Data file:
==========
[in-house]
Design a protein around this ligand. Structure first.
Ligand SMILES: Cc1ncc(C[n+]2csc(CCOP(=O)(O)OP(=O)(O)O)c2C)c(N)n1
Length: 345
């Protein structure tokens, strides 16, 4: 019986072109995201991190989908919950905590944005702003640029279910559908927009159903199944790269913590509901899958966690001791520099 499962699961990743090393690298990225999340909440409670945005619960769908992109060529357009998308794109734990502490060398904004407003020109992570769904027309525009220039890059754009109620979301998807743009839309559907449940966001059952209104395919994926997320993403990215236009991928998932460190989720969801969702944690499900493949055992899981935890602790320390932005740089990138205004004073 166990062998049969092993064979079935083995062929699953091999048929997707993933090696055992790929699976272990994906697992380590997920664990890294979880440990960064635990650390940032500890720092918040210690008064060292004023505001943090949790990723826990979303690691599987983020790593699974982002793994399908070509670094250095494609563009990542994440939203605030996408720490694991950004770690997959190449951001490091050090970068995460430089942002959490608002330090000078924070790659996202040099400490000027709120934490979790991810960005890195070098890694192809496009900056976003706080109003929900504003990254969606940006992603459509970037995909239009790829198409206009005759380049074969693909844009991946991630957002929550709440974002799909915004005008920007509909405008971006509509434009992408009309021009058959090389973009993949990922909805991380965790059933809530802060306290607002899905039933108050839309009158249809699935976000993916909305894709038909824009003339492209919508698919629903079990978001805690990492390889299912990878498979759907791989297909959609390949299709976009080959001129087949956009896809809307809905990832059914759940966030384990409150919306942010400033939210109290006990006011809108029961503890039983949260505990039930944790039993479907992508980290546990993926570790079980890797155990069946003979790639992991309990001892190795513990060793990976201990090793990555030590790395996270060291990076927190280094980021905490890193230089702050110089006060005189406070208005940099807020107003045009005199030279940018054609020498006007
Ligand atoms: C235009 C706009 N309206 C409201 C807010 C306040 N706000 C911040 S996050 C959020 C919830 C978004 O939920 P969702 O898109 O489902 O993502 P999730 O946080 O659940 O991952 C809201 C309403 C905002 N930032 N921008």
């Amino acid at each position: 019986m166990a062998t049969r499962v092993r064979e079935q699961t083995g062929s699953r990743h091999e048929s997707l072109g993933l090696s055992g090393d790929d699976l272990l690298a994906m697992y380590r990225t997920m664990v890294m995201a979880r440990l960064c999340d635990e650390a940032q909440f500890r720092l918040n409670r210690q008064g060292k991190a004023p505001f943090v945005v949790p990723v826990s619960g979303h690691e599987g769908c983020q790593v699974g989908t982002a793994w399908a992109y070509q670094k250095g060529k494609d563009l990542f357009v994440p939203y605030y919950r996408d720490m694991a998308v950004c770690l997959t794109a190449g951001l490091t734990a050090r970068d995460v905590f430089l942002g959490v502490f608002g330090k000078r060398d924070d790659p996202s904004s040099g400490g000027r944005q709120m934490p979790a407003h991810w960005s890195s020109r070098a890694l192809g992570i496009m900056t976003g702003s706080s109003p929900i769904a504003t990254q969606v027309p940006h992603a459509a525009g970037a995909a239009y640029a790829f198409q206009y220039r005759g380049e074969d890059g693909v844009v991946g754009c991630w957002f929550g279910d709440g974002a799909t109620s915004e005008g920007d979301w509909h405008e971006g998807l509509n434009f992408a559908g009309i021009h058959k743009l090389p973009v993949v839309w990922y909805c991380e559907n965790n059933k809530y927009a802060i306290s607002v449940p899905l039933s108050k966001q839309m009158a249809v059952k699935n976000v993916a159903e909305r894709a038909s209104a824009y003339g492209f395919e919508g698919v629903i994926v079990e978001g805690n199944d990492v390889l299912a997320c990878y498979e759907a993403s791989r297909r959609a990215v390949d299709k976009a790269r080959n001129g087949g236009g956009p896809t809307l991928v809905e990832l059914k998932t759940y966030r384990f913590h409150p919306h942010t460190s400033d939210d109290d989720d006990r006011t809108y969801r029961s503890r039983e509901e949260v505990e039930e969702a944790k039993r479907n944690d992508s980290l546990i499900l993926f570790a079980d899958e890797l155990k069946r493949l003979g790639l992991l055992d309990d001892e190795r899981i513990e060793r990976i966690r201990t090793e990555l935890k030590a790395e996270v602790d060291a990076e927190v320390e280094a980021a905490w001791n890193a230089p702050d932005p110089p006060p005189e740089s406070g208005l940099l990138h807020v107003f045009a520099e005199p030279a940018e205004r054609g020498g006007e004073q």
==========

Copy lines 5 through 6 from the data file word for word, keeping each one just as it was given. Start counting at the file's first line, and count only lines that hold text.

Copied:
């Protein structure tokens, strides 16, 4: 019986072109995201991190989908919950905590944005702003640029279910559908927009159903199944790269913590509901899958966690001791520099 499962699961990743090393690298990225999340909440409670945005619960769908992109060529357009998308794109734990502490060398904004407003020109992570769904027309525009220039890059754009109620979301998807743009839309559907449940966001059952209104395919994926997320993403990215236009991928998932460190989720969801969702944690499900493949055992899981935890602790320390932005740089990138205004004073 166990062998049969092993064979079935083995062929699953091999048929997707993933090696055992790929699976272990994906697992380590997920664990890294979880440990960064635990650390940032500890720092918040210690008064060292004023505001943090949790990723826990979303690691599987983020790593699974982002793994399908070509670094250095494609563009990542994440939203605030996408720490694991950004770690997959190449951001490091050090970068995460430089942002959490608002330090000078924070790659996202040099400490000027709120934490979790991810960005890195070098890694192809496009900056976003706080109003929900504003990254969606940006992603459509970037995909239009790829198409206009005759380049074969693909844009991946991630957002929550709440974002799909915004005008920007509909405008971006509509434009992408009309021009058959090389973009993949990922909805991380965790059933809530802060306290607002899905039933108050839309009158249809699935976000993916909305894709038909824009003339492209919508698919629903079990978001805690990492390889299912990878498979759907791989297909959609390949299709976009080959001129087949956009896809809307809905990832059914759940966030384990409150919306942010400033939210109290006990006011809108029961503890039983949260505990039930944790039993479907992508980290546990993926570790079980890797155990069946003979790639992991309990001892190795513990060793990976201990090793990555030590790395996270060291990076927190280094980021905490890193230089702050110089006060005189406070208005940099807020107003045009005199030279940018054609020498006007
Ligand atoms: C235009 C706009 N309206 C409201 C807010 C306040 N706000 C911040 S996050 C959020 C919830 C978004 O939920 P969702 O898109 O489902 O993502 P999730 O946080 O659940 O991952 C809201 C309403 C905002 N930032 N921008």